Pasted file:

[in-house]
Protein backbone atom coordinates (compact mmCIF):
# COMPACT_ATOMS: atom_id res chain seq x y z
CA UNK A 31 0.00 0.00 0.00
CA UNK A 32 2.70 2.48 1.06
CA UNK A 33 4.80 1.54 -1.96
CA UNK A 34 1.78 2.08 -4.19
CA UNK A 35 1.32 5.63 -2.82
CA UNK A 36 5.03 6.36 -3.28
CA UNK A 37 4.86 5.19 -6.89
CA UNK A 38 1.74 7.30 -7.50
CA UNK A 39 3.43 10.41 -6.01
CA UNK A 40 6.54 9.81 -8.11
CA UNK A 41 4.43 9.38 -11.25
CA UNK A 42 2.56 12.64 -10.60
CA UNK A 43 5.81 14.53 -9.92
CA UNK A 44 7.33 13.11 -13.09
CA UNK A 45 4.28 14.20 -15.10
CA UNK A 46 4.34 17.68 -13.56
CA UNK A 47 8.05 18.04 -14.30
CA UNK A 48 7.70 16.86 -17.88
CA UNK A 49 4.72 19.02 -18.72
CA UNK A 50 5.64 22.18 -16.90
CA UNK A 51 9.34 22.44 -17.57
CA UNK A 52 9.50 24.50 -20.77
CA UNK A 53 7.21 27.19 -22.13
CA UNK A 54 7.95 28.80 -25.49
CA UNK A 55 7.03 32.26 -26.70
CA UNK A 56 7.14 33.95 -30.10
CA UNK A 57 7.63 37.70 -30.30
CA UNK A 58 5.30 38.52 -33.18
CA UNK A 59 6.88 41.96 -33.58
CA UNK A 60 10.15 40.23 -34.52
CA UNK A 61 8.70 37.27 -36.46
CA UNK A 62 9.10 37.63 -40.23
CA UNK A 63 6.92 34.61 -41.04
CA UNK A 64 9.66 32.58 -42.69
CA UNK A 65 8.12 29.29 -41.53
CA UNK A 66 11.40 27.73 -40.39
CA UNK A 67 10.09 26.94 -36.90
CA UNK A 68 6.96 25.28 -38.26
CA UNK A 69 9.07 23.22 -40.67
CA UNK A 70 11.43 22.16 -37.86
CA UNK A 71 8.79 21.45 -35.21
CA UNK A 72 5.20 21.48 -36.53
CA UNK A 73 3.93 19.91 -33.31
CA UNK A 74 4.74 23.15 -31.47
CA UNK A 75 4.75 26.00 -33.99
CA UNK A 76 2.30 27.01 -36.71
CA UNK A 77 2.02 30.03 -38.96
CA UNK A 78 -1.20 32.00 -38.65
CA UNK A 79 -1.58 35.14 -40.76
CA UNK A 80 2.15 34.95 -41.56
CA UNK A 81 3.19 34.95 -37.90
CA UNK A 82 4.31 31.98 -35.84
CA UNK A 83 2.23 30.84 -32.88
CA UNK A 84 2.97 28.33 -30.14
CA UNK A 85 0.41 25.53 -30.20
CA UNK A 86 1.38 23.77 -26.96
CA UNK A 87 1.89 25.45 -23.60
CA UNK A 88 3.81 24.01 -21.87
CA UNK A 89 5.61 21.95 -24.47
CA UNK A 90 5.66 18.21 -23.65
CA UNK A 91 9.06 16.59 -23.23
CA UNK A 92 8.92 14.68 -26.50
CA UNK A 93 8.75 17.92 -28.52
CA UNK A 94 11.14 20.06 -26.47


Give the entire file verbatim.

[in-house]
Protein backbone atom coordinates (compact mmCIF):
# COMPACT_ATOMS: atom_id res chain seq x y z
CA UNK A 31 0.00 0.00 0.00
CA UNK A 32 2.70 2.48 1.06
CA UNK A 33 4.80 1.54 -1.96
CA UNK A 34 1.78 2.08 -4.19
CA UNK A 35 1.32 5.63 -2.82
CA UNK A 36 5.03 6.36 -3.28
CA UNK A 37 4.86 5.19 -6.89
CA UNK A 38 1.74 7.30 -7.50
CA UNK A 39 3.43 10.41 -6.01
CA UNK A 40 6.54 9.81 -8.11
CA UNK A 41 4.43 9.38 -11.25
CA UNK A 42 2.56 12.64 -10.60
CA UNK A 43 5.81 14.53 -9.92
CA UNK A 44 7.33 13.11 -13.09
CA UNK A 45 4.28 14.20 -15.10
CA UNK A 46 4.34 17.68 -13.56
CA UNK A 47 8.05 18.04 -14.30
CA UNK A 48 7.70 16.86 -17.88
CA UNK A 49 4.72 19.02 -18.72
CA UNK A 50 5.64 22.18 -16.90
CA UNK A 51 9.34 22.44 -17.57
CA UNK A 52 9.50 24.50 -20.77
CA UNK A 53 7.21 27.19 -22.13
CA UNK A 54 7.95 28.80 -25.49
CA UNK A 55 7.03 32.26 -26.70
CA UNK A 56 7.14 33.95 -30.10
CA UNK A 57 7.63 37.70 -30.30
CA UNK A 58 5.30 38.52 -33.18
CA UNK A 59 6.88 41.96 -33.58
CA UNK A 60 10.15 40.23 -34.52
CA UNK A 61 8.70 37.27 -36.46
CA UNK A 62 9.10 37.63 -40.23
CA UNK A 63 6.92 34.61 -41.04
CA UNK A 64 9.66 32.58 -42.69
CA UNK A 65 8.12 29.29 -41.53
CA UNK A 66 11.40 27.73 -40.39
CA UNK A 67 10.09 26.94 -36.90
CA UNK A 68 6.96 25.28 -38.26
CA UNK A 69 9.07 23.22 -40.67
CA UNK A 70 11.43 22.16 -37.86
CA UNK A 71 8.79 21.45 -35.21
CA UNK A 72 5.20 21.48 -36.53
CA UNK A 73 3.93 19.91 -33.31
CA UNK A 74 4.74 23.15 -31.47
CA UNK A 75 4.75 26.00 -33.99
CA UNK A 76 2.30 27.01 -36.71
CA UNK A 77 2.02 30.03 -38.96
CA UNK A 78 -1.20 32.00 -38.65
CA UNK A 79 -1.58 35.14 -40.76
CA UNK A 80 2.15 34.95 -41.56
CA UNK A 81 3.19 34.95 -37.90
CA UNK A 82 4.31 31.98 -35.84
CA UNK A 83 2.23 30.84 -32.88
CA UNK A 84 2.97 28.33 -30.14
CA UNK A 85 0.41 25.53 -30.20
CA UNK A 86 1.38 23.77 -26.96
CA UNK A 87 1.89 25.45 -23.60
CA UNK A 88 3.81 24.01 -21.87
CA UNK A 89 5.61 21.95 -24.47
CA UNK A 90 5.66 18.21 -23.65
CA UNK A 91 9.06 16.59 -23.23
CA UNK A 92 8.92 14.68 -26.50
CA UNK A 93 8.75 17.92 -28.52
CA UNK A 94 11.14 20.06 -26.47